• The Red Tractor label, which certifies every step of the food journey from farm to pack.
  • The FSC logo which aims to improve forestry practices worldwide.
  • The Fairtrade Mark, an independent guarantee that disadvantaged producers in the developing world are getting a better deal.

When consumers see these certification marks, they help identify that they are purchasing a product that meets these characteristics. You can apply directly to the owner of each certification mark and if your product meets their criteria, you will be able to use their mark. 

Collective trade-marks

 Collective trade marks are used to indicate that goods or services originate from members of a particular association. Collective trade marks can be used to promote sustainable development goals, such as associations which support producers from poverty-stricken regions. This is another way to indicate compliance with certain standards. 

B Corp certification

 B Corp certified companies are becoming increasingly common. B Corp certification indicates that a business is sustainable and ethical, as it verifies that a business is meeting high standards of social and environmental performance, transparency, and accountability. Companies must show that they have attained the highest possible standards across the following five key categories:

  1. workers
  2. the environment
  3. customers
  4. community
  5. governance

The B Corp certification process has existed since 2006 but is increasingly understood and valued by consumers as its ethos to use business as a force for good and have a positive impact on society chimes with the current ESG drive. Certification is available for companies who operate for profit in a competitive market and have at least 12 months of operations.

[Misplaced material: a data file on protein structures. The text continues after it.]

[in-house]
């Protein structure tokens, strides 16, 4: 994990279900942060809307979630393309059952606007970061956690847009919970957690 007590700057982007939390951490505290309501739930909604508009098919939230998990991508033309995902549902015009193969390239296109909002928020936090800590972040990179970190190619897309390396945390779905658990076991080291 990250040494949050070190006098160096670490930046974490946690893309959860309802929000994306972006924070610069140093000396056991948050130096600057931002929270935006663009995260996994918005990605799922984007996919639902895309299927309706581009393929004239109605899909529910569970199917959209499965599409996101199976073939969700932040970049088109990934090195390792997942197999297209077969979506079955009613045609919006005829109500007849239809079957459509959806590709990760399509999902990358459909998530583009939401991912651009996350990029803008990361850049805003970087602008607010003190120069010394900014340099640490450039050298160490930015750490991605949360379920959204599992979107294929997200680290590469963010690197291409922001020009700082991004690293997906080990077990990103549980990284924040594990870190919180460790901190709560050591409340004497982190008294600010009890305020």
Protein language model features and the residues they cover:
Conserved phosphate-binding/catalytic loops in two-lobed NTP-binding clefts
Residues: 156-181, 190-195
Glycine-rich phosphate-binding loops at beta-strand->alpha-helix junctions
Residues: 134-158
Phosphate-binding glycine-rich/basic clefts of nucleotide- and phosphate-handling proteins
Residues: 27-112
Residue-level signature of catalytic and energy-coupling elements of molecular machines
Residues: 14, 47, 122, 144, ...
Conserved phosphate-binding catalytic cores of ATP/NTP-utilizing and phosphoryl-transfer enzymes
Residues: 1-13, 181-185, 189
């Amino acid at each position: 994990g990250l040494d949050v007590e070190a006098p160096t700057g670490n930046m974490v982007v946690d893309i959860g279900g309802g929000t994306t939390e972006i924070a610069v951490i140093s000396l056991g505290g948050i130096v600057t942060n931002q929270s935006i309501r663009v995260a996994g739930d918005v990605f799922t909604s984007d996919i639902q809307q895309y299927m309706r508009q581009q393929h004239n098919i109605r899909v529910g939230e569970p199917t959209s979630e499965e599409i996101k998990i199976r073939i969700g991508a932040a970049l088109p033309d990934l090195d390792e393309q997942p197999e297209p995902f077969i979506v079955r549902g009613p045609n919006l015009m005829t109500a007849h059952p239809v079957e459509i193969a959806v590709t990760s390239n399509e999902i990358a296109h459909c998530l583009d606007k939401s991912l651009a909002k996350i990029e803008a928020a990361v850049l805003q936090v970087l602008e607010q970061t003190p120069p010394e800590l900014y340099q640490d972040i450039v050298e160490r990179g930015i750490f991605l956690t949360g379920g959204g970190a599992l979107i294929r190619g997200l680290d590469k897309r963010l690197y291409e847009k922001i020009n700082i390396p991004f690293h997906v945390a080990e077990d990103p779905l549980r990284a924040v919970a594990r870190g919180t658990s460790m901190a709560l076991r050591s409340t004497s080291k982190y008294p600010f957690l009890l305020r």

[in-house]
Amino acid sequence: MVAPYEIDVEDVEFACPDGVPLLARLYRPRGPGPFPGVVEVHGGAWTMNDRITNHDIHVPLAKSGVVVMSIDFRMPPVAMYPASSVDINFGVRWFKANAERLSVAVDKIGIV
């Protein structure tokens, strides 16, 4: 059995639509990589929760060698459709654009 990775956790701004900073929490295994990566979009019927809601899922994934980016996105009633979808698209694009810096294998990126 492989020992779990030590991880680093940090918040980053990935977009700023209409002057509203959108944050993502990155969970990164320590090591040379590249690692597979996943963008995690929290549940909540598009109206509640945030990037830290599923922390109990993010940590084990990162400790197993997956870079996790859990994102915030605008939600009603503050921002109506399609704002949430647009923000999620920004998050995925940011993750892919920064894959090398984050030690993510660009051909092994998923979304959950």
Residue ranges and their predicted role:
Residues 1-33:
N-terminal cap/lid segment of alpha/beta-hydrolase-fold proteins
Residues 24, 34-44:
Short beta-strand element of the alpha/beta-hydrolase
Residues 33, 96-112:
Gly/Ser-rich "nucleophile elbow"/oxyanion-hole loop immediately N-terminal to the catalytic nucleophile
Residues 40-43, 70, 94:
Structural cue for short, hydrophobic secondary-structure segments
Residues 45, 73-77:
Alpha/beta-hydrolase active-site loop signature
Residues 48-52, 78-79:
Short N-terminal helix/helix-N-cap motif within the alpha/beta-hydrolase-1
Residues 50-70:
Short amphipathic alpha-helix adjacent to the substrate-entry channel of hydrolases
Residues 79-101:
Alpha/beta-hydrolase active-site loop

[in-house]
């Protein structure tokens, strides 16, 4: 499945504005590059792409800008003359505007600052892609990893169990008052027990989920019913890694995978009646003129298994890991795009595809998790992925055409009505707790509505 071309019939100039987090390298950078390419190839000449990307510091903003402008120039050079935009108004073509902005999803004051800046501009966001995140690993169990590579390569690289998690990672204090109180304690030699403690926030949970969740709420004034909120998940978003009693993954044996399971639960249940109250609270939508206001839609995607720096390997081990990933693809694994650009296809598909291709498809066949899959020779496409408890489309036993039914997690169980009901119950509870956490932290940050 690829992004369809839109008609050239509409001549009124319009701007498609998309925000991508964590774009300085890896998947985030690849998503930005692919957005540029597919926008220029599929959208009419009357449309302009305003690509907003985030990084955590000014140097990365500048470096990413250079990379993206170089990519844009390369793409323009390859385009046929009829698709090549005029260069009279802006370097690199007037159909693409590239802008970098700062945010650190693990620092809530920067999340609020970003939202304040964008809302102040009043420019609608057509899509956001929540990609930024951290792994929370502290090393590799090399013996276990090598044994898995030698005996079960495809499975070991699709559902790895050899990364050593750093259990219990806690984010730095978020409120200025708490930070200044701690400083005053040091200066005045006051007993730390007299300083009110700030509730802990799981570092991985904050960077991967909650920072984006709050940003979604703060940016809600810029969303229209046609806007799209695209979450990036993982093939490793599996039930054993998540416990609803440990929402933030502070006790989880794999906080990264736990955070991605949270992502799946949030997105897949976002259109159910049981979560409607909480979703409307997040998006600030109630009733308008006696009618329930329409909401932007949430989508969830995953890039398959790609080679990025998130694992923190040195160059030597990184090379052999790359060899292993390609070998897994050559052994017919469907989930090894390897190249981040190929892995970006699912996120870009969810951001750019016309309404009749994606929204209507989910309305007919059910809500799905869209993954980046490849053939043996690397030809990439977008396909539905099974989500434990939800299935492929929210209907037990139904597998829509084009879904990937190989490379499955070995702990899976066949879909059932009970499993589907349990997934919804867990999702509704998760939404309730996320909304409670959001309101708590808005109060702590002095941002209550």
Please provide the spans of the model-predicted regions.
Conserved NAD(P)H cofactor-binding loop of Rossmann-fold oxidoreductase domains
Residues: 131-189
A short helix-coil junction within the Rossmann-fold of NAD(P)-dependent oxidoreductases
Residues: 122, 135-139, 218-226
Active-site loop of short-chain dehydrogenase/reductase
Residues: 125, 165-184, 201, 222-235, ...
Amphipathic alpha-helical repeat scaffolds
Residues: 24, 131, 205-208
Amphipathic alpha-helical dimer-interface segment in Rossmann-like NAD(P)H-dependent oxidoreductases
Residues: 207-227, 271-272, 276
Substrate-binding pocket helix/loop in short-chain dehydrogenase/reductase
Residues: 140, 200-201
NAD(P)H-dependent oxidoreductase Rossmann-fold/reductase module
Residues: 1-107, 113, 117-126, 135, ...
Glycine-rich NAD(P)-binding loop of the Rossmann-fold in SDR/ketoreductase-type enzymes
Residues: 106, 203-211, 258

The future for consumers

 As more consumers hold brands to account, the onus is on businesses to audit their credentials and their supply chain to ensure any claims they make are legitimately substantiated. Only then can consumers differentiate between brands that are genuinely doing good and those that are greenwashing. That coupled with adequate education for consumers about the legitimising of sustainability claims, should create a clearer marketplace in which we hope to see more sustainability with actual substance.

This article just scratches the surface of this ever-expanding area. Our IP team regularly reviews advertising copy for TV and media; ensuring any environmental and sustainability claim is compliant with the green claims code.

Register here to attend our upcoming webinar. If you need further assistance, please connect with Iona Silverman and Jane Kennedy or the IP & Media team at


The content of this page is a summary of the law in force at the date of publication and is not exhaustive, nor does it contain definitive advice. Specialist legal advice should be sought in relation to any queries that may arise.